• Tue
  • Sep 30, 2014
  • Updated: 6:56pm

'White angel' dispenses care and sympathy

PUBLISHED : Saturday, 08 November, 2008, 12:00am
UPDATED : Saturday, 08 November, 2008, 12:00am

Linda Glover, practice manager of Quality HealthCare Medical Centre, says nothing makes her happier than to see patients get well, be it from a common cold or some serious illness

I have been a registered nurse for many years and before joining Quality HealthCare in 2005, I worked as a unit supervisor in cardiac and pulmonary nursing at a private hospital in Hong Kong. As the practice manager supervising more than 40 staff at our main clinic in Central, I work closely with my colleagues at the company's 57 clinics across Hong Kong to ensure the office system and company policy are well maintained.

My responsibilities are to ensure that practices at the clinics are in line with international health care standards and that guidelines set out by the Hong Kong Department of Health are fully applied so that our patients can expect to receive the best service and health care possible. I also work closely with my colleagues and staff to periodically update the operation protocols for everyone within the group so that mistakes in drug administration, customer satisfaction and personal hygiene will not happen.

Since our company has a huge base of patients, I need to organise a centralised team in our Central office to work on customer relations. We have a comment box located across all the clinics and patients' comments and suggestions are collected once every two weeks for review. Meanwhile, I and my team members who oversee this matter diligently go through all the comment sheets and later compile them into a report which is sent to management for discussion. We set a timeline for ourselves to address patients' concerns so that they can receive our feedback swiftly. We see the need to maintain an effective communication channel which can improve the relationships between our doctors and patients.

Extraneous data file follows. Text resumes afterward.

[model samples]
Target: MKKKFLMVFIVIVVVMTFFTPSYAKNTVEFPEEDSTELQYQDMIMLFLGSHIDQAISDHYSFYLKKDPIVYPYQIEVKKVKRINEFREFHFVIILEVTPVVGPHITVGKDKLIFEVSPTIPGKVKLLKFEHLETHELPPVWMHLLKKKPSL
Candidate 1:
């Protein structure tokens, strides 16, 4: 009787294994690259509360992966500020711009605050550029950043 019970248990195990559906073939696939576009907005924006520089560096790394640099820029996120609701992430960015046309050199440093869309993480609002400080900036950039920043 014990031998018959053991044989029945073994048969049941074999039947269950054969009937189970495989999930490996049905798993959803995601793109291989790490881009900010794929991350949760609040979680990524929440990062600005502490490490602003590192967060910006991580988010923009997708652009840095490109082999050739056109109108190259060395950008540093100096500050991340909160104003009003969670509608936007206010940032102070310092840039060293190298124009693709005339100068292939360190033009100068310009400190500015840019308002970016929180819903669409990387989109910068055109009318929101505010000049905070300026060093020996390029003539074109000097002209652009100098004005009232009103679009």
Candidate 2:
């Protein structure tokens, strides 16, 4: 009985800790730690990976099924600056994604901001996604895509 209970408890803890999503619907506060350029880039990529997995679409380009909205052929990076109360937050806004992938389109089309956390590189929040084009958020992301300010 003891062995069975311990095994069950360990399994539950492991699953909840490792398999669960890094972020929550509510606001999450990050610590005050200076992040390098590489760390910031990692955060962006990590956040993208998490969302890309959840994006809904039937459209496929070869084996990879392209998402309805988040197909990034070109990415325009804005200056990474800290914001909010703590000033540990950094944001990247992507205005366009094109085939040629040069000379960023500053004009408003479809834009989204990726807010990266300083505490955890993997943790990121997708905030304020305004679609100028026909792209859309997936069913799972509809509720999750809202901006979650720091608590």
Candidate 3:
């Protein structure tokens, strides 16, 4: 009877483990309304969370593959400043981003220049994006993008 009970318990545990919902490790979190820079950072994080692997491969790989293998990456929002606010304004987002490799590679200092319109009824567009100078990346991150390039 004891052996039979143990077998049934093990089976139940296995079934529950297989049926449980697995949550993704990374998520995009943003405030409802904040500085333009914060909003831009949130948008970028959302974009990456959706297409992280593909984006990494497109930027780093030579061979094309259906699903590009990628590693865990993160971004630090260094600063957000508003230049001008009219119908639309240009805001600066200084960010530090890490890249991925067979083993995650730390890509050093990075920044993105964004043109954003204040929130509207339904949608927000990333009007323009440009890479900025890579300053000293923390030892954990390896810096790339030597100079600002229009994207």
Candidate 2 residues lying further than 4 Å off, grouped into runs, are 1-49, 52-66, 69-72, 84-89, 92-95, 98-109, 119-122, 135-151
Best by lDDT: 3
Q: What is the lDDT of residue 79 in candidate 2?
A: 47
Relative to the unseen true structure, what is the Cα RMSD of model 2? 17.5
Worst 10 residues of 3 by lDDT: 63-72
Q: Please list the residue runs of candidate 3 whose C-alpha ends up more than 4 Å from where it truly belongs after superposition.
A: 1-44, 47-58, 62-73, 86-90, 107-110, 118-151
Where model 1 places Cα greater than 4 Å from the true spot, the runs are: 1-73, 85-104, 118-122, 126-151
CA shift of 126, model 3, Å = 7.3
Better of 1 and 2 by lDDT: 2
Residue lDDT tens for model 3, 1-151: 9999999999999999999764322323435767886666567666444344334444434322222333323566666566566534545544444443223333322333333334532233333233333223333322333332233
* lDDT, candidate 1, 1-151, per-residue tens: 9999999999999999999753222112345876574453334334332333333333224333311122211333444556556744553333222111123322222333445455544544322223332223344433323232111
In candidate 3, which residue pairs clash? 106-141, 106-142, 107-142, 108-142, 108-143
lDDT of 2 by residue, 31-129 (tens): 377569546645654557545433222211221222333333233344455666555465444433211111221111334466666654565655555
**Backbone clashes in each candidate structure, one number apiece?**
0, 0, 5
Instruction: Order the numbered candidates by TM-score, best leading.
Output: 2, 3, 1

Apart from taking care of customer relations and clinic administration, my first and foremost task is to ensure all the patients coming to our health centre receive the best medical attention. Because I deal with patients from all walks of life, it is important to have patience when talking to people who each come with different health backgrounds. I have patients who are senior citizens, so I have to spend extra time to educate them on the health benefits of exercising regularly and observing a good diet, as well as to carefully explain the importance of taking their medicines punctually.

Making sure every nurse and clinic staff member is performing to the group's standards is the key to maintaining the company's reputation.

The most challenging part of my job is that out of my daily hectic schedule I still have to find time to speak to some patients individually to follow up on their progress. There are cases where patients are under a new set of drug regimes for some chronic illness and I need to closely monitor their health.

In other cases, there are patients who just need someone like me to talk to for stress release. We take into account not just their physical well-being but also their mental health. I often have to play a good-listener role and try to clear the worries about their sickness. I may have to refer the patient to a specialist for treatment. I have to treat my patients like my family.

Being a nurse myself, there's nothing that makes me happier than to see my patients get well, be that from a common cold or some serious illness. People in my profession are often called 'white angels' and I am happy with such a name, which I consider a compliment.

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